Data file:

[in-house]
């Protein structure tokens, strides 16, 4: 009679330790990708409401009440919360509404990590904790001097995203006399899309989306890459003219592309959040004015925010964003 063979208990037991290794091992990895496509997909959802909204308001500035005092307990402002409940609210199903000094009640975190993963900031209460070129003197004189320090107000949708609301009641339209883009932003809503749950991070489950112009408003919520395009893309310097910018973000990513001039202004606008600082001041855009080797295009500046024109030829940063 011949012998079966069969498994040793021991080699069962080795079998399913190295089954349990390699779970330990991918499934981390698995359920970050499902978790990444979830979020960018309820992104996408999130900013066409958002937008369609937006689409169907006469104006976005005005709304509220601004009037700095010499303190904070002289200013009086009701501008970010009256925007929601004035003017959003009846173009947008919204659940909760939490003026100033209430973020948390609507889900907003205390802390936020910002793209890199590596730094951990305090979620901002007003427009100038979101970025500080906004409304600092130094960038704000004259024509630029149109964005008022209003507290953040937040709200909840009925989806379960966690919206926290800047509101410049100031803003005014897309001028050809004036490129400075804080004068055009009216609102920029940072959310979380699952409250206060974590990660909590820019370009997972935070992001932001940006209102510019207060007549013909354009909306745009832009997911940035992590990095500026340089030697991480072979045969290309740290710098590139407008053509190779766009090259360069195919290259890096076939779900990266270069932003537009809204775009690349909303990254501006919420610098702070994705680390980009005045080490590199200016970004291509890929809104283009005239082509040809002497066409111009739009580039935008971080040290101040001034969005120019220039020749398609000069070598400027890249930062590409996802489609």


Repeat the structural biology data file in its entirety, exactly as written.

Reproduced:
[in-house]
């Protein structure tokens, strides 16, 4: 009679330790990708409401009440919360509404990590904790001097995203006399899309989306890459003219592309959040004015925010964003 063979208990037991290794091992990895496509997909959802909204308001500035005092307990402002409940609210199903000094009640975190993963900031209460070129003197004189320090107000949708609301009641339209883009932003809503749950991070489950112009408003919520395009893309310097910018973000990513001039202004606008600082001041855009080797295009500046024109030829940063 011949012998079966069969498994040793021991080699069962080795079998399913190295089954349990390699779970330990991918499934981390698995359920970050499902978790990444979830979020960018309820992104996408999130900013066409958002937008369609937006689409169907006469104006976005005005709304509220601004009037700095010499303190904070002289200013009086009701501008970010009256925007929601004035003017959003009846173009947008919204659940909760939490003026100033209430973020948390609507889900907003205390802390936020910002793209890199590596730094951990305090979620901002007003427009100038979101970025500080906004409304600092130094960038704000004259024509630029149109964005008022209003507290953040937040709200909840009925989806379960966690919206926290800047509101410049100031803003005014897309001028050809004036490129400075804080004068055009009216609102920029940072959310979380699952409250206060974590990660909590820019370009997972935070992001932001940006209102510019207060007549013909354009909306745009832009997911940035992590990095500026340089030697991480072979045969290309740290710098590139407008053509190779766009090259360069195919290259890096076939779900990266270069932003537009809204775009690349909303990254501006919420610098702070994705680390980009005045080490590199200016970004291509890929809104283009005239082509040809002497066409111009739009580039935008971080040290101040001034969005120019220039020749398609000069070598400027890249930062590409996802489609």